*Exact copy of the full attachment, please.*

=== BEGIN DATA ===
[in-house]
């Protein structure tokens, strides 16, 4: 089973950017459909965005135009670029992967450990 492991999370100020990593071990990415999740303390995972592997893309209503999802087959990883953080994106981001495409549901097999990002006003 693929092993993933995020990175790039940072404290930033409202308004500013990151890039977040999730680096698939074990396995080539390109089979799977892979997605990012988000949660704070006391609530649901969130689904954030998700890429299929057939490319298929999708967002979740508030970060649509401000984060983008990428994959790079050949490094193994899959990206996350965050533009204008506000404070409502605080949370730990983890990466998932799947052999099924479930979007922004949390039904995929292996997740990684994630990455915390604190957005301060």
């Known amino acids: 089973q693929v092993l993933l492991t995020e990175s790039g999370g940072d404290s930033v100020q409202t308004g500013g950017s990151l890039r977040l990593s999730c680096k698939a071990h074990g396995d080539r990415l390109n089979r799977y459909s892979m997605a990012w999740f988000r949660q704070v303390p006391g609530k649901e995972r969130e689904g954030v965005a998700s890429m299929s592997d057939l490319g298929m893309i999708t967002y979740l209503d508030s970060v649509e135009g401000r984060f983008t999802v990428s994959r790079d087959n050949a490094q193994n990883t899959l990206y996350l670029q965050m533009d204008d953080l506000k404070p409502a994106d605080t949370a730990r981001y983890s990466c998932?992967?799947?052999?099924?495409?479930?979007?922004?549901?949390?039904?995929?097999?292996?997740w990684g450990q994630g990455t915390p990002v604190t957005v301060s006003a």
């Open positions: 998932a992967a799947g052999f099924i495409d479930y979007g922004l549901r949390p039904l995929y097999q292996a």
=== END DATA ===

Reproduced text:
[in-house]
């Protein structure tokens, strides 16, 4: 089973950017459909965005135009670029992967450990 492991999370100020990593071990990415999740303390995972592997893309209503999802087959990883953080994106981001495409549901097999990002006003 693929092993993933995020990175790039940072404290930033409202308004500013990151890039977040999730680096698939074990396995080539390109089979799977892979997605990012988000949660704070006391609530649901969130689904954030998700890429299929057939490319298929999708967002979740508030970060649509401000984060983008990428994959790079050949490094193994899959990206996350965050533009204008506000404070409502605080949370730990983890990466998932799947052999099924479930979007922004949390039904995929292996997740990684994630990455915390604190957005301060």
């Known amino acids: 089973q693929v092993l993933l492991t995020e990175s790039g999370g940072d404290s930033v100020q409202t308004g500013g950017s990151l890039r977040l990593s999730c680096k698939a071990h074990g396995d080539r990415l390109n089979r799977y459909s892979m997605a990012w999740f988000r949660q704070v303390p006391g609530k649901e995972r969130e689904g954030v965005a998700s890429m299929s592997d057939l490319g298929m893309i999708t967002y979740l209503d508030s970060v649509e135009g401000r984060f983008t999802v990428s994959r790079d087959n050949a490094q193994n990883t899959l990206y996350l670029q965050m533009d204008d953080l506000k404070p409502a994106d605080t949370a730990r981001y983890s990466c998932?992967?799947?052999?099924?495409?479930?979007?922004?549901?949390?039904?995929?097999?292996?997740w990684g450990q994630g990455t915390p990002v604190t957005v301060s006003a």
């Open positions: 998932a992967a799947g052999f099924i495409d479930y979007g922004l549901r949390p039904l995929y097999q292996a």